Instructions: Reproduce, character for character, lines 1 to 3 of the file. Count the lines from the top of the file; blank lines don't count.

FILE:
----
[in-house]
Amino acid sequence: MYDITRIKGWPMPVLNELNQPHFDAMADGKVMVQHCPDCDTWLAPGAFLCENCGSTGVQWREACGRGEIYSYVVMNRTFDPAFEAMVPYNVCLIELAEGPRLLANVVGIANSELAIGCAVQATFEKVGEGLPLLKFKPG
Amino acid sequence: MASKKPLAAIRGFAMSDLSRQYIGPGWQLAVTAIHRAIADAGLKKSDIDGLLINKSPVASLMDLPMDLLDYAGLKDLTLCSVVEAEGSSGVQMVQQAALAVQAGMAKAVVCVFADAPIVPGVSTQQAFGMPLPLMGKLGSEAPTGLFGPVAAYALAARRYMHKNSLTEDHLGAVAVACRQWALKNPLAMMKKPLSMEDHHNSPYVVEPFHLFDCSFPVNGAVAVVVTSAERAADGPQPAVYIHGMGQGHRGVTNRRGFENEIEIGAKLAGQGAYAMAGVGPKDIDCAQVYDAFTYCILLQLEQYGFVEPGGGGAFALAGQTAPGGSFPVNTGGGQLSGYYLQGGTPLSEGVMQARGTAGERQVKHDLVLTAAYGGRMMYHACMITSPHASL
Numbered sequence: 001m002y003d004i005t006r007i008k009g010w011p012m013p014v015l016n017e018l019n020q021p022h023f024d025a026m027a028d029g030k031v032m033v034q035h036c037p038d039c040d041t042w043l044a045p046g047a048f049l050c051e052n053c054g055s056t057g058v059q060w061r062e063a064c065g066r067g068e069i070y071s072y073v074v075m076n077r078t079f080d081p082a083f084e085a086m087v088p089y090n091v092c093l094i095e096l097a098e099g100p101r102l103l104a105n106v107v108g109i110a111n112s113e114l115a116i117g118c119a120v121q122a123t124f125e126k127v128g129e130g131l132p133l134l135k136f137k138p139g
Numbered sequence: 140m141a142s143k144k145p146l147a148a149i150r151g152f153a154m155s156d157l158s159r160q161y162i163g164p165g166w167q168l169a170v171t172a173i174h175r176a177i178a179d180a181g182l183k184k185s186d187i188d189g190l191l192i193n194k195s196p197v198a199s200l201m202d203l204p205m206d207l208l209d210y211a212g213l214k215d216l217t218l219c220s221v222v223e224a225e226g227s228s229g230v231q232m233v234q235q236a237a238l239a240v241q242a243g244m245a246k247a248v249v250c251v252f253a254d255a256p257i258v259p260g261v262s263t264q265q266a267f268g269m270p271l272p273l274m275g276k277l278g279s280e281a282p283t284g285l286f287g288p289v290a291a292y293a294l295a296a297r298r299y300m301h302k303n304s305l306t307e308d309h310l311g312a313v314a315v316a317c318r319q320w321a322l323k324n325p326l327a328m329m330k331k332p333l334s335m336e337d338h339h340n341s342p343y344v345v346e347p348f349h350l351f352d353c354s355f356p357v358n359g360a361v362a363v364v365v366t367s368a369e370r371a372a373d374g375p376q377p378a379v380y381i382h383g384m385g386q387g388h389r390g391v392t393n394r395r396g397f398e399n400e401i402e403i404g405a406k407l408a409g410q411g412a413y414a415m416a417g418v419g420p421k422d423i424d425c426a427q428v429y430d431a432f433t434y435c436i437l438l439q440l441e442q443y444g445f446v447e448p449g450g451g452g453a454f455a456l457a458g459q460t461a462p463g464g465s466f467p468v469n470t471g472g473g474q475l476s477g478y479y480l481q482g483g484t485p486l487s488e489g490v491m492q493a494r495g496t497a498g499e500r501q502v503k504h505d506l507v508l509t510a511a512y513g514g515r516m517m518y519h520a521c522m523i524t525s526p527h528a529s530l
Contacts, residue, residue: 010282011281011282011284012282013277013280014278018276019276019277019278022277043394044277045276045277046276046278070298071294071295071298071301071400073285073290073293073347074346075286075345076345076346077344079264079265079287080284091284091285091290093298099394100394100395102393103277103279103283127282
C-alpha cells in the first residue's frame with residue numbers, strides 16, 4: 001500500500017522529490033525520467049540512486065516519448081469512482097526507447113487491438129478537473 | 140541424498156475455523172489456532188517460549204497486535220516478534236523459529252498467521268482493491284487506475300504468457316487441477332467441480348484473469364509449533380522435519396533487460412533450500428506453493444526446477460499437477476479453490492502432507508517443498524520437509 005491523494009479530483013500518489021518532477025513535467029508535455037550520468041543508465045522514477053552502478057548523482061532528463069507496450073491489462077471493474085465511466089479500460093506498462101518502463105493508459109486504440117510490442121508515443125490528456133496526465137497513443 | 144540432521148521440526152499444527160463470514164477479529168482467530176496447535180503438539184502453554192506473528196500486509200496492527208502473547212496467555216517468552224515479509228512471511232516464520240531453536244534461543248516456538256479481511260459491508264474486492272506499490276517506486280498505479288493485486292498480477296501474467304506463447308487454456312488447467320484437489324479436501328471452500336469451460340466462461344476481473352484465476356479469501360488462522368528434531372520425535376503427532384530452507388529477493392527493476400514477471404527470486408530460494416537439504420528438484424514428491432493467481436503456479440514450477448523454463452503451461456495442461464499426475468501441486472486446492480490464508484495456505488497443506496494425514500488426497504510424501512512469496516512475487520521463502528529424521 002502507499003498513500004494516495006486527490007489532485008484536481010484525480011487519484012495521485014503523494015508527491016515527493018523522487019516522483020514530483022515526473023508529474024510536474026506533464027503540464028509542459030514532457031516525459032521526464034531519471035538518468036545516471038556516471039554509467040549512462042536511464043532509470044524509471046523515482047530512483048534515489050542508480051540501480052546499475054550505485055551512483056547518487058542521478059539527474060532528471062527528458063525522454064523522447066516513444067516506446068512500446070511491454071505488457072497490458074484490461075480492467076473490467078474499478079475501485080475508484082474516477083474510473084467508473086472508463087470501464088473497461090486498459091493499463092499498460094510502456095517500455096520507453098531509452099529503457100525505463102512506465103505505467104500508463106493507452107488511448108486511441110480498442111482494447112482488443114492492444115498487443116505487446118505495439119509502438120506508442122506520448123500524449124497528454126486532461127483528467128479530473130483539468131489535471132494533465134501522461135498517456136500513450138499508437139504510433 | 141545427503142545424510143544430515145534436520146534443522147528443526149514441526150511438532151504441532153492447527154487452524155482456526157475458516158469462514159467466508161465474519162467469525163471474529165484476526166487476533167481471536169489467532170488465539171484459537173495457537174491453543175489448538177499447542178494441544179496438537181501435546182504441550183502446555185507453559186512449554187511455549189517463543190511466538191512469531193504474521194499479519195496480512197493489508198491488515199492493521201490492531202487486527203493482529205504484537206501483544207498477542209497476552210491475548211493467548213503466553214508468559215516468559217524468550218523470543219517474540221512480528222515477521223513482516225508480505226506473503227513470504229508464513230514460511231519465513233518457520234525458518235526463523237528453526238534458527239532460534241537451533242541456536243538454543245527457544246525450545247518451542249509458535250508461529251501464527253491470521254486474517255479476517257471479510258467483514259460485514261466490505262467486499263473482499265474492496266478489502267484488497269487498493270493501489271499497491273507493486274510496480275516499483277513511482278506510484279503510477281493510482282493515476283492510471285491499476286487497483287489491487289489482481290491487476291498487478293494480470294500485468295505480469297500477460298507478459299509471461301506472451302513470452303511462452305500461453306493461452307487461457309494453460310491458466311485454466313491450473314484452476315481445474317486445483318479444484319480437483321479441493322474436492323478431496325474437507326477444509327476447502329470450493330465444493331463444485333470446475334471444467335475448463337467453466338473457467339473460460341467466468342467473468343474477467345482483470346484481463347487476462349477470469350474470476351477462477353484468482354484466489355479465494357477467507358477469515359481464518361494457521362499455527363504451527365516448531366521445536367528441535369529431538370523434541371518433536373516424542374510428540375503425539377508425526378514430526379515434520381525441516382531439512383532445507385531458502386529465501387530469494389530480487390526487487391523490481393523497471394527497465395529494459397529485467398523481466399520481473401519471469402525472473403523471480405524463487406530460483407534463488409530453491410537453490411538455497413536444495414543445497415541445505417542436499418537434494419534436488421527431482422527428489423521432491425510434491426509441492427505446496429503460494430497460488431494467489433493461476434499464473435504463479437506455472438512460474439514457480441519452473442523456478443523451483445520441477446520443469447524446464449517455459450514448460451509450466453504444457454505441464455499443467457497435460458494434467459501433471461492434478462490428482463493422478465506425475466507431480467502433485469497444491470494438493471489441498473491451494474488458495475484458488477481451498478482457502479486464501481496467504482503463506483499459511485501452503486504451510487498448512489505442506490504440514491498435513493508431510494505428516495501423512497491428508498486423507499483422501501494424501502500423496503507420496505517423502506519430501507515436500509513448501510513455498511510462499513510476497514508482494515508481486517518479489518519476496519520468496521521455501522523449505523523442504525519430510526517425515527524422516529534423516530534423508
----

[in-house]
Amino acid sequence: MYDITRIKGWPMPVLNELNQPHFDAMADGKVMVQHCPDCDTWLAPGAFLCENCGSTGVQWREACGRGEIYSYVVMNRTFDPAFEAMVPYNVCLIELAEGPRLLANVVGIANSELAIGCAVQATFEKVGEGLPLLKFKPG
Amino acid sequence: MASKKPLAAIRGFAMSDLSRQYIGPGWQLAVTAIHRAIADAGLKKSDIDGLLINKSPVASLMDLPMDLLDYAGLKDLTLCSVVEAEGSSGVQMVQQAALAVQAGMAKAVVCVFADAPIVPGVSTQQAFGMPLPLMGKLGSEAPTGLFGPVAAYALAARRYMHKNSLTEDHLGAVAVACRQWALKNPLAMMKKPLSMEDHHNSPYVVEPFHLFDCSFPVNGAVAVVVTSAERAADGPQPAVYIHGMGQGHRGVTNRRGFENEIEIGAKLAGQGAYAMAGVGPKDIDCAQVYDAFTYCILLQLEQYGFVEPGGGGAFALAGQTAPGGSFPVNTGGGQLSGYYLQGGTPLSEGVMQARGTAGERQVKHDLVLTAAYGGRMMYHACMITSPHASL